Acton Institute Powerblog Archives

Post Tagged 'jim wallis'

The ‘Power’ of New Media

Why listen to the new Radio Free Acton podcast? Because you’ll have the opportunity to hear news analysis before old media gets around to reporting it. Here’s a case in point. Continue Reading...

A Few Notable Quotables

Jim Wallis: “I’m believing more and more that politics alone cannot overcome poverty and our other great social problems.” (See also: Pentecost 2007, featuring Hillary Clinton, John Edwards, and Barack Obama.) But, since the Sojourners forum isn’t the pulpit, Tony Campolo should have no problem with it: “It is time for us to name the hypocrisy of the Left in complaining about how the Religious Right is violating the first amendment while turning a blind eye to their own candidates’ use of churches as places to campaign.” And for just how different the social gospel is from the Christian gospel, see Joseph Loconte: “The Christian confession of faith, by itself, offers no guarantee that either individuals or societies will be transformed. Continue Reading...

Poverty and the Christian Left

There is clearly a "Christian Left" growing among evangelicals in America. We have heard a great deal about the "Christian Right" for more than two decades. I frequently critique this movement unfavorably. Continue Reading...

Prophecy and the Supremacy of Consensus

German theologian and philosopher Michael Welker describes in his book God the Spirit (Minneapolis: Fortress Press, 1994) the biblical relationship between the prophet and majority opinion: The prophet does not confuse truth with consensus. Continue Reading...

Enough Religious “Beyondism”

John Armstrong’s thoughtful post below reminds me of the critiques of Jim Wallis offered in this space, here, here, and here (by Armstrong himself). And over at FirstThings today, Joseph Bottum, courtesy of David Brooks, gives me a term that I hadn’t encountered and that serves well as a moniker for the phenomenon Wallis embodies: “beyondism.” As in the effort (or rather the claim) to “get beyond” partisan polemics. Continue Reading...

Who Really Cares for the Poor?

Syracuse University professor Arthur Brooks challenges perceived mainstream social orthodoxy in his new book, Who Really Cares: America’s Charity Divide – Who Gives, Who Doesn’t and Why It Matters. For generations it has been assumed that political and social liberals are generous towards the poor while conservatives are proverbial tightwads. Continue Reading...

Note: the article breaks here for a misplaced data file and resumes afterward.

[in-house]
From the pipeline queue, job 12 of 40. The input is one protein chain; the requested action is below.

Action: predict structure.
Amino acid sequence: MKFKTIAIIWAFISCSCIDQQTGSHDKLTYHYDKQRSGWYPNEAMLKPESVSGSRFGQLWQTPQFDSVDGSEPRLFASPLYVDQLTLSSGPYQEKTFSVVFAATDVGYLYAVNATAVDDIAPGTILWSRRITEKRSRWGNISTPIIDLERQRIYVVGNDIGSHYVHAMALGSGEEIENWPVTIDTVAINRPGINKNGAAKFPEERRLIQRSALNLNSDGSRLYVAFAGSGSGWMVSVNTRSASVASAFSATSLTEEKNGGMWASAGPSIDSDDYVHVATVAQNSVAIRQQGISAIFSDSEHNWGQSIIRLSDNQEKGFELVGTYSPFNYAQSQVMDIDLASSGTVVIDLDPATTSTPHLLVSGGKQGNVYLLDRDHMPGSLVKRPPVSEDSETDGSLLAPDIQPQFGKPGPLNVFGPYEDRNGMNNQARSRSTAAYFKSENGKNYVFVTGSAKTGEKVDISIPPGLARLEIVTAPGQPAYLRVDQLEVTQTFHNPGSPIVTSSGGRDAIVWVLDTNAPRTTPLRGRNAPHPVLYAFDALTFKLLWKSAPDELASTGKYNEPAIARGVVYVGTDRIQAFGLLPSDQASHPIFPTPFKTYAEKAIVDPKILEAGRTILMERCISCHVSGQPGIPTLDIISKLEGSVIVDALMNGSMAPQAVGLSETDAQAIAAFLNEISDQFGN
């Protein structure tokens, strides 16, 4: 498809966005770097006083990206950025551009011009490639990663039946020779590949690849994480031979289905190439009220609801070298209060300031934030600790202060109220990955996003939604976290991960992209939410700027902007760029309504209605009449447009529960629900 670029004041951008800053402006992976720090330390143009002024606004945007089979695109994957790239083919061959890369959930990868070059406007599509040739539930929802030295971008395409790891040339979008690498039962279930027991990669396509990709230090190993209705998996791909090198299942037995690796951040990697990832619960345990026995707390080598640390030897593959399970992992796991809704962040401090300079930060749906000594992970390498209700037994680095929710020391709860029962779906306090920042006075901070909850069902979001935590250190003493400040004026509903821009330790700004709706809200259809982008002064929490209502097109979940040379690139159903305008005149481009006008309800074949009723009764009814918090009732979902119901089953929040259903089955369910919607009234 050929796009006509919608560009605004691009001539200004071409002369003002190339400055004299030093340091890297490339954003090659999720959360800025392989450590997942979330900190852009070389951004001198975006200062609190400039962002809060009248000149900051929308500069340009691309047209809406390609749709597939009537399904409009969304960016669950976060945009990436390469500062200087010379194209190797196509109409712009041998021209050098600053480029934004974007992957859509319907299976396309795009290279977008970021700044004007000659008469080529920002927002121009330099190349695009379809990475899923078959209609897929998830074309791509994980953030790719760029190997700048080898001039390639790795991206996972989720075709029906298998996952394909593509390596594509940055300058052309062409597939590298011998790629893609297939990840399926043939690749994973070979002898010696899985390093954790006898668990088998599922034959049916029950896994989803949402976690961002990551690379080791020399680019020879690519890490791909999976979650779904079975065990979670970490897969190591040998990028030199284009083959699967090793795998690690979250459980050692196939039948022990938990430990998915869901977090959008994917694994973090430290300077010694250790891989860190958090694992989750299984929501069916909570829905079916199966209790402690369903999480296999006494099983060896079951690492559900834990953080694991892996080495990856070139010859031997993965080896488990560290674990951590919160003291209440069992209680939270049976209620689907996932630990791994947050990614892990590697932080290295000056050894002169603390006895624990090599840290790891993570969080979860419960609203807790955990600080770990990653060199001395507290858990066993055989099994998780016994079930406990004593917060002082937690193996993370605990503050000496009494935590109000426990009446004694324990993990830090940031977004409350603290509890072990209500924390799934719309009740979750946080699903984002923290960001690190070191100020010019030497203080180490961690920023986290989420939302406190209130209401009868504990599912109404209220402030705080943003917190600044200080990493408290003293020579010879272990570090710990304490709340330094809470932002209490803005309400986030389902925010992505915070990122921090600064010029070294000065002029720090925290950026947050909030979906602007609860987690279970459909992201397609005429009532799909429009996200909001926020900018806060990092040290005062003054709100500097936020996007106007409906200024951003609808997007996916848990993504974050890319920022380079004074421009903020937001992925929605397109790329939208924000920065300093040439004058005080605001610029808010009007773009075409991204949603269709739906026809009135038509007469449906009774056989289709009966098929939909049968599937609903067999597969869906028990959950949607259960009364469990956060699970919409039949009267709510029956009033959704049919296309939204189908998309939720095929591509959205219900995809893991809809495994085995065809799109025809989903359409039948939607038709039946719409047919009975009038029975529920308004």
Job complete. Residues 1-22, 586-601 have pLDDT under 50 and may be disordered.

More on Gerson and Evangelical Politics

As a follow-up to John Armstrong’s post, I point you to this excellent response to Gerson’s article by Joe Knippenberg at No Left Turns (HT: Good Will Hinton). Knippenberg raises the relevant question whether “the ‘new evangelicals’ he describes will have sound practical judgment to go along with their decency and moral energy.” I think it’s true that the potential is there for the “new” evangelicals to go the Jim Wallis route, who is proclaiming the election as “a defeat for the Religious Right and the secular Left,” which leaves, you guessed it, the Religious Left. Continue Reading...

The Politics of Jesus?

We have had a book called God’s Politics, by Jim Wallis. Now we have one called The Politics of Jesus: Rediscovering the True Revolutionary Nature of Jesus’ Teachings and How They Have Been Corrupted, by Obery M. Continue Reading...

A Faith-Based Initiative for Corporate America

Yesterday the Detroit News ran an op-ed in which I argue that corporate America should apply the fundamental insight behind President Bush’s faith-based initiative and open up their charitable giving to faith groups, since they “often provide more comprehensive and therefore often more effective assistance than purely secular or governmental counterparts.” A number of large corporate foundations either explicitly rule out donations to faith groups or refuse to contribute matching funds to them. Continue Reading...